Why we like rustic options

  • Rustic bathroom vanities can be made to fit with any style of decor.
  • You don’t need to spend thousands for a quality rustic vanity.
  • Build your vanity, and you’ll save even more money.
  • There are many different styles to choose from.
  • You can build one that fits your space perfectly.

How much work is involved?

This project can be completed in a weekend or less if you have everything ready to go and don’t run into any snags along the way.

The first step should take about 30 minutes as you lay out all of your components on top of one another for sizing purposes.

After that, it’s simple enough to cut wood pieces down accordingly and screw them together. You’ll spend more time waiting for glue and paint to dry than actually putting anything together.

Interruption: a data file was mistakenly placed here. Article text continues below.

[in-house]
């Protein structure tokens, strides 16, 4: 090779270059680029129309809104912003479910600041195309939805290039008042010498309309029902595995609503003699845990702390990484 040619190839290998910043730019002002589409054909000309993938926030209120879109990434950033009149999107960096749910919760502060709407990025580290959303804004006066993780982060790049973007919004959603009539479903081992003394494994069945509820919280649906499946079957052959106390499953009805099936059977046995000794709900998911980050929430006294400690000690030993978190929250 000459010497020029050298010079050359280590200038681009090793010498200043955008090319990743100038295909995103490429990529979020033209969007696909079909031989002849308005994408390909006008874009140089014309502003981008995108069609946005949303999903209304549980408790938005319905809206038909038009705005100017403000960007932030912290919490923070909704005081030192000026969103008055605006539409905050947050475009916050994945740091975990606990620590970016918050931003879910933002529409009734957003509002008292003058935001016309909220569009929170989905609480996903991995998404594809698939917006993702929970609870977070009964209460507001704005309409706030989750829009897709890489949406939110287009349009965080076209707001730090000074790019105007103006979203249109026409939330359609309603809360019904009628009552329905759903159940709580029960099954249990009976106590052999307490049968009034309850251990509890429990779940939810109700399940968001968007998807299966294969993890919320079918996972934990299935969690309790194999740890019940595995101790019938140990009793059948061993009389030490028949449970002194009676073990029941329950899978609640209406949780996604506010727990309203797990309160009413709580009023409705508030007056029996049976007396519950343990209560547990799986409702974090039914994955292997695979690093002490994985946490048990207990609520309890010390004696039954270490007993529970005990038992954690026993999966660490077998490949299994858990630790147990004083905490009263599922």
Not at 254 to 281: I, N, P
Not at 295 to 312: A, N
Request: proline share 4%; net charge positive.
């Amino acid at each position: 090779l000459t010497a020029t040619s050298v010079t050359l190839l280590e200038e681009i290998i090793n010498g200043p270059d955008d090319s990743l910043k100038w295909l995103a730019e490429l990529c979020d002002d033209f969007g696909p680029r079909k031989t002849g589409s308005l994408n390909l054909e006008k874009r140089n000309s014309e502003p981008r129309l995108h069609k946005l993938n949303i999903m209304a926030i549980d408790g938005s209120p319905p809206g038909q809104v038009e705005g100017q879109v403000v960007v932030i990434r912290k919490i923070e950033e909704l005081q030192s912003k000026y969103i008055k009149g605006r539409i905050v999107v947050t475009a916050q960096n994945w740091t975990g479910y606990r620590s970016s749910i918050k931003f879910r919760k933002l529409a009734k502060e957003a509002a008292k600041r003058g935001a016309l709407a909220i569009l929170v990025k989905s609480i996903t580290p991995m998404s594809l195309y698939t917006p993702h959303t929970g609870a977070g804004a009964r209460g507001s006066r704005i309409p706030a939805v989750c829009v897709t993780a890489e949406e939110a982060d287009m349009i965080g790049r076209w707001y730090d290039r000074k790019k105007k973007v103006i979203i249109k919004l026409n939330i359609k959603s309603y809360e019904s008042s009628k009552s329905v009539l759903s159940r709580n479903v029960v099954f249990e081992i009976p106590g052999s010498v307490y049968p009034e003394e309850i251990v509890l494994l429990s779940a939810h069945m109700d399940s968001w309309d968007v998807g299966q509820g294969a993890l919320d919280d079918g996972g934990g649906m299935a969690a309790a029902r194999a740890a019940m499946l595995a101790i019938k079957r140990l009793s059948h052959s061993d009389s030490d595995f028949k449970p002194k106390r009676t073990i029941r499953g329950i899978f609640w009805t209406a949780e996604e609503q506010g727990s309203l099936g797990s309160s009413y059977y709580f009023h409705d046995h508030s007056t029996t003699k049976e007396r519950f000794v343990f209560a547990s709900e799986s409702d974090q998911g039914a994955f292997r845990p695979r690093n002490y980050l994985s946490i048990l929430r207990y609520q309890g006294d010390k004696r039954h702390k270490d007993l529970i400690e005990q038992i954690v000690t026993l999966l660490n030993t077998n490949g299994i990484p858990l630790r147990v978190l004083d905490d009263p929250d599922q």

Please note: If you’re new at using tools like a saw or drill, this might not be the project for you. The wood pieces are fragile and require some nimble hands to guide them into place without getting hurt or damaging your work area!

What do I need to watch out for?

If this isn’t your first woodworking project or you’re not very experienced with power tools, be careful to make cuts so they don’t go wrong. The thin plywood pieces can easily crack or break off unless cut correctly by following instructions carefully with all safety equipment (gloves, dust mask, etc.)

Most accidents happen during the gluing process because too much glue or not enough clamps will cause the wood to warp and ruin your entire project.

Be sure to read all the instructions and build at your own risk. What’s more, take time to read up on woodworking and give yourself a full day or two for this project, so you don’t feel rushed and everything goes smoothly.